In 2013, after returning from overseas and in search of a fulfilling career, I came across a role at a company I’d never heard of before—SilverStripe. I’d never heard of it because I was, as you say in the web world, a noob. Growing up in the ’90s, computers and the Internet had always been around me (and I was proficient enough that I could show my parents how to pay their bills online). However, the inner workings of what goes into building a great website were mostly a mystery. It seemed like magic to me. Pure wizardry.
The role was “Support Coordinator”. The job was liaising with clients and keeping everything support-related organised. Despite no tangible experience, I managed to convince Diana that I was the best person for the job. After successfully landing the role, I realised one of the most valuable career-related life lessons is this: a good interview and the ability to sell yourself is everything. While experience is important, your attitude and willingness to learn is what will ultimately get you the role you want. Having now been on the other side of many interviews, I believe this more strongly than ever. Are you going to bring passion into this job? Are you willing to immerse yourself in this organisation to learn as much as possible? So, while I was a total noob, my answer to both of those questions was a blaring “YES!”. I really wanted to work at SilverStripe and I was ready for the challenge.
I quickly realised that while I had a lot to offer to the role, I also had a metric tonne of knowledge to gain to get to where I wanted to be. Everything was new and foreign. My team were quite literally working in another language. So while it was daunting, I had to figure out my strategy to get up to speed and find my niche within the company.
To anyone entering the tech world for the first time, I would give you the below advice:
Don’t panic. You got your role for a reason. Your interviewer saw something in you that they knew would click within the organisation. Trust that you are capable and up for the challenge. Yes, your colleagues do incredible things with programming, but you were hired to do incredible things in other areas.
Make the most of the skills that come naturally to you. For me, this meant research. Reading. Asking questions. Googling. Learning. Writing. Repeat (constantly). I also knew that I was hired because I was efficient and organised and that’s what the role required. So, I was efficient and organised with everything I did. Lean on your strengths while you work on your weaknesses and you will quickly prove yourself.
Learn from the tech experts. In the tech world, you will be surrounded by uber experts. You will likely become part of a team with some of these experts. Build good relationships with them and let them teach you. These people have truckloads of passion for what they do and will be happy to answer your questions about how it all works, no matter how silly they seem (you may have trouble shutting them up!). Don’t let pride get in the way of building your understanding. No one will expect you to immediately know everything. Be honest about what you know and what you need help with.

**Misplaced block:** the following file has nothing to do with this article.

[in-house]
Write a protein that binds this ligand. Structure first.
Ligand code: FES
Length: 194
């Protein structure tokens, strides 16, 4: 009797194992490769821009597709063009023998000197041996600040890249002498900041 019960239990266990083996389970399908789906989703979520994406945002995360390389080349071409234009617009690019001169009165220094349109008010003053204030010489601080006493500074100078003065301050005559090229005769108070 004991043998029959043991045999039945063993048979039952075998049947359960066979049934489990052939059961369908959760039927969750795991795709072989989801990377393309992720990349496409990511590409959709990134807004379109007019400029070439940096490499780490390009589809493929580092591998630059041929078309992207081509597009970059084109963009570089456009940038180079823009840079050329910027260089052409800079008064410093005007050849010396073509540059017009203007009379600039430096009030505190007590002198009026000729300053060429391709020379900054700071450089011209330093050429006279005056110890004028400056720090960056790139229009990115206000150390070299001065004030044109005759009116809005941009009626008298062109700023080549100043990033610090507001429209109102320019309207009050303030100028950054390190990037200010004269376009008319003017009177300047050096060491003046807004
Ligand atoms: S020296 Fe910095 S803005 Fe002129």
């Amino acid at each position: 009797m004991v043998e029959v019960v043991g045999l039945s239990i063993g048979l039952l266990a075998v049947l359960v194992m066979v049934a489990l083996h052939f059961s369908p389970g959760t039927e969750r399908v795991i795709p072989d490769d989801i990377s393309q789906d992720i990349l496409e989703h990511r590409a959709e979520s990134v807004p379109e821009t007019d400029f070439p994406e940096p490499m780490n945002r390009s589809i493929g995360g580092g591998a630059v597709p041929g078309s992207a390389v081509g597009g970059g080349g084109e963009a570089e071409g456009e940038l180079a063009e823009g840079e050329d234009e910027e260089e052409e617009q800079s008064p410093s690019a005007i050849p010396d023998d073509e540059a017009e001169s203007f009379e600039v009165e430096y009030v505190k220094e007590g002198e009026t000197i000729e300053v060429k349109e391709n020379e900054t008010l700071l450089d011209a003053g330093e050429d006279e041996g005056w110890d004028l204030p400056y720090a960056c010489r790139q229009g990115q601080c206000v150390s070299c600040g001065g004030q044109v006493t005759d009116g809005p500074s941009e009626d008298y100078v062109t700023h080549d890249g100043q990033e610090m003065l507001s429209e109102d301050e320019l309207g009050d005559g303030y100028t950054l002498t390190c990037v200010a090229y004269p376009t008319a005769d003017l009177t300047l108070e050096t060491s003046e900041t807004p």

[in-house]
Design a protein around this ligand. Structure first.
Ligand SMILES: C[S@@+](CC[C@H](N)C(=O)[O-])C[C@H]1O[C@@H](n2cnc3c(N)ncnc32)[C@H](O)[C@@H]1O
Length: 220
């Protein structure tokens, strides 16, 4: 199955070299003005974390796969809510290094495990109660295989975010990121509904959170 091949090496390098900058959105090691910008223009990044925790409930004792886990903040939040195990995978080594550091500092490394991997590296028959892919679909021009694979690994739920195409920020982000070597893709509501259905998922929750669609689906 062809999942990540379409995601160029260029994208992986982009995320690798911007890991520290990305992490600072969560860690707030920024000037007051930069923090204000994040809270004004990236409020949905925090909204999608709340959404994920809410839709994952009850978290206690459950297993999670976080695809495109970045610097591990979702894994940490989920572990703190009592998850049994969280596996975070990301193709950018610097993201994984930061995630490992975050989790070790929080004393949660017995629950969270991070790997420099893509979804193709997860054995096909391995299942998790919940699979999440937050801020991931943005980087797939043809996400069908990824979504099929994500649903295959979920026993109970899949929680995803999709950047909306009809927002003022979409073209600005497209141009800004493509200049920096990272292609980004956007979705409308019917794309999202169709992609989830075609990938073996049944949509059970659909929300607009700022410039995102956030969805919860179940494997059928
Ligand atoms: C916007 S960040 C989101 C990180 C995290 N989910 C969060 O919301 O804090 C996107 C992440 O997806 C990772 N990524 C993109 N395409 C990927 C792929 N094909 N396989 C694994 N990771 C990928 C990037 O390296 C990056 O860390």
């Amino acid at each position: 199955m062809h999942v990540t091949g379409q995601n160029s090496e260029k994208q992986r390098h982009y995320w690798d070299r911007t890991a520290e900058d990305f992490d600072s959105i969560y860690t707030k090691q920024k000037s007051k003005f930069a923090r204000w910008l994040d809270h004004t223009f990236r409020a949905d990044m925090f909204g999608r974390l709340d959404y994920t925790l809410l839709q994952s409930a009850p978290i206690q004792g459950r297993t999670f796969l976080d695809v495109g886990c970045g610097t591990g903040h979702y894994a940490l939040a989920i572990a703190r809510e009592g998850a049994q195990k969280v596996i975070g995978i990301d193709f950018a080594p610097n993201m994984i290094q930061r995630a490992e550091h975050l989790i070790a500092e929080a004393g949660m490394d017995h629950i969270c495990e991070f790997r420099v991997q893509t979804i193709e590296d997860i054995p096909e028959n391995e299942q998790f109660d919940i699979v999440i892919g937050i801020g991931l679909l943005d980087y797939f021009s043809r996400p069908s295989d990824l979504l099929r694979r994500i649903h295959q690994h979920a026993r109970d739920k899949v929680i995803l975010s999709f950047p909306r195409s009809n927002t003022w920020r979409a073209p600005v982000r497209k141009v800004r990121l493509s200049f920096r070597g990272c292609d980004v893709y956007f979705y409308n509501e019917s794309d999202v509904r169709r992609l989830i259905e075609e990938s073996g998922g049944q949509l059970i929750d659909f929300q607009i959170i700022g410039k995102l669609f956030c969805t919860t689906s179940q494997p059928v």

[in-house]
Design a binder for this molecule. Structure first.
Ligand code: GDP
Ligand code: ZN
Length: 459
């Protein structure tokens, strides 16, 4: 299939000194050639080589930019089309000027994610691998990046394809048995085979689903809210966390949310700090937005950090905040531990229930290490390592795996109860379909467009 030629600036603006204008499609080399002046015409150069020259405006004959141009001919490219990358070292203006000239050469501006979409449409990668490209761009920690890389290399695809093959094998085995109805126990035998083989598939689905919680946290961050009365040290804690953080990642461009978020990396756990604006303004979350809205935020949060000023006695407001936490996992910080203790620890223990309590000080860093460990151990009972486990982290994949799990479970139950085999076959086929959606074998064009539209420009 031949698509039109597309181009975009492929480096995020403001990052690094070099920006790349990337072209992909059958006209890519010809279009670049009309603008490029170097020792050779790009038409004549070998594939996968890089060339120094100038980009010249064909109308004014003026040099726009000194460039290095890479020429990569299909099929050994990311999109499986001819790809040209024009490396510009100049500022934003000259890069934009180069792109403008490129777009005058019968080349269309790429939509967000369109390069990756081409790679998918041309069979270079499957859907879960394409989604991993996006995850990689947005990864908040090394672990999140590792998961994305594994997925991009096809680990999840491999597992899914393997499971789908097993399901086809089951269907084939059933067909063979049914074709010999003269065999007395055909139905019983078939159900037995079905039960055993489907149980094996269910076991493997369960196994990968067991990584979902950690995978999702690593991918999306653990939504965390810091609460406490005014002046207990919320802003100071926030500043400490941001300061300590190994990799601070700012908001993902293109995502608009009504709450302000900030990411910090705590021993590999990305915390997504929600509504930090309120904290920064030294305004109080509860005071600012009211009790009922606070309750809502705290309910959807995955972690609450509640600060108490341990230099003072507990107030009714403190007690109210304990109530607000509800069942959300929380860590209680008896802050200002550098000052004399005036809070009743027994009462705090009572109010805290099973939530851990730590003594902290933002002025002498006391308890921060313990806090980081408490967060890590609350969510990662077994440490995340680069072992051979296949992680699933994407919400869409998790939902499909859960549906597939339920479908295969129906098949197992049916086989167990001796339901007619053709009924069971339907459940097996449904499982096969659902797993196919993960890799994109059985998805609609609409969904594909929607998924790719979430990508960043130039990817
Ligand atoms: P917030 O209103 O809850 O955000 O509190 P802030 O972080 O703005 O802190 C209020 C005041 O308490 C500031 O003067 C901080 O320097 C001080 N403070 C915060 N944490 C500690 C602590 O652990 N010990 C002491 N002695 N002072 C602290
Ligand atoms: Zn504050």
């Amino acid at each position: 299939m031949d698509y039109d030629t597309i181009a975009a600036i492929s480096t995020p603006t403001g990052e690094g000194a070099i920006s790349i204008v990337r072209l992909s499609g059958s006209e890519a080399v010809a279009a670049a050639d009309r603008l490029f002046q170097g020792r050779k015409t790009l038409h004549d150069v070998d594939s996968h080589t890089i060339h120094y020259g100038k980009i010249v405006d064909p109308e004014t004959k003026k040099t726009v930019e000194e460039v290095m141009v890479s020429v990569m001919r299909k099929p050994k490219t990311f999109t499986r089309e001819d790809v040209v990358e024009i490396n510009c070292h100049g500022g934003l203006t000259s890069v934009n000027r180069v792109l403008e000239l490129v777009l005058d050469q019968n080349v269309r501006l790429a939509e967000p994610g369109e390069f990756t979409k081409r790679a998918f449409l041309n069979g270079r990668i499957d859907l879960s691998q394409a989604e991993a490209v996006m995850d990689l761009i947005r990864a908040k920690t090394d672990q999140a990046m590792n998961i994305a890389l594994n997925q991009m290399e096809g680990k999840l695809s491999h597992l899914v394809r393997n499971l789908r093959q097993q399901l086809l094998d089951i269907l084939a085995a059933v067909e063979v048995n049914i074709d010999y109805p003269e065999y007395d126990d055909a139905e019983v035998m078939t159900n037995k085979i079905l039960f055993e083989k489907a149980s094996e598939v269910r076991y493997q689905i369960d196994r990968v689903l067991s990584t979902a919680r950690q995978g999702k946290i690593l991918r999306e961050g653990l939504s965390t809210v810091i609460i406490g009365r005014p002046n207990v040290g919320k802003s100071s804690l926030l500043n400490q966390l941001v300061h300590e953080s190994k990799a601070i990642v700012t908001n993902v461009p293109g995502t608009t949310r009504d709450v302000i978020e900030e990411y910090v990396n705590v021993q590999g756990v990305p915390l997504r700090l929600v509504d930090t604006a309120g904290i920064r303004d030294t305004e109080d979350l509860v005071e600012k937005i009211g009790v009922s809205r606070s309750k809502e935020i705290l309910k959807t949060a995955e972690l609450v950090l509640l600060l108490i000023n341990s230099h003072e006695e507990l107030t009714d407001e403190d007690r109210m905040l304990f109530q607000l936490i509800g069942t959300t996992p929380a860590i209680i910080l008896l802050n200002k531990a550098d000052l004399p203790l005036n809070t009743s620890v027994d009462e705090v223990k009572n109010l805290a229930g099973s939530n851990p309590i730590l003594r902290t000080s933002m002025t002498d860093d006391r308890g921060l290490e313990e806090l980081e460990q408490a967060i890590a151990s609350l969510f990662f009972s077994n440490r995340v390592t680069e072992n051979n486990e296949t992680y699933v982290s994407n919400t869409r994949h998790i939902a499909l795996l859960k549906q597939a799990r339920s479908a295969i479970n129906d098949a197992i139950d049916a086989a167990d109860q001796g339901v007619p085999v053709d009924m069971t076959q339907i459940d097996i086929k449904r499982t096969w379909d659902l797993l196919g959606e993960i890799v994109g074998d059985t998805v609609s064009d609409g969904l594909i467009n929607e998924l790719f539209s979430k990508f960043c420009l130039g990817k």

Remember the gap you are filling. Remember what you were hired for. In my role, I was hired to keep our support clients happy by being their go-to person. I was hired to be personable, communicative and a leader. Your team will be happy to have you fill the position, so remember you are already valuable just for being there and doing your best because you are filling a gap they couldn’t.
Choose a role model. Pick someone in a somewhat similar role who is notably successful in what they do. Learn how they became so and go to them for advice. Set up regular catch-ups if you can. Your company may very well assign a mentor for you, so make the most of this. While it’s important to find your own way of doing things, your role model has been exactly where you are now and at the very least, it’s motivating to see how much they’ve learnt about your industry in their time.
Make mistakes. Yes, that’s right. It can sound a bit cliche but how often do you make the same mistake twice? The best way to be outstanding at something is to do it wrong, then to inspect and adjust your approach. Did you use the wrong technical word? Did you explain something completely incorrectly to a client? I sure did. Those mistakes helped me realise what I didn’t know and gave me an opportunity to ask an expert how to do it better next time.
Don’t let the acronyms scare you. UAT, AJAX, CSS, DNS, JSON, SQL… (there’re a lot!). Again, learn from the experts. Most scary sounding acronyms and other technical language can actually be broken down in a way you will understand for your purposes. Google is your friend.
I might be biased, but I can’t think of a better place to go through all of the above than at SilverStripe. By applying our core values to everything we do, I was supported in every way to ensure I got to where I needed to be. While it sometimes felt like slow progress and an impossible learning curve, I’m really proud of what I’ve been able to achieve in these few years.
The Support Coordinator role turned into Operations Team Lead where I was responsible for 8 developers and I eventually moved out of this team and into a Scrum Master role working with a project delivery team. I’ve thrown myself into the world of Agile web development and it really feels like home now.
Moving into a new industry can be intimidating but I encourage you to be fearless, confident and up for the challenge as it may just be exactly where your skills fit best.
PS the perks of working in tech includes cool offices, full fridges and great parties… Come on over!
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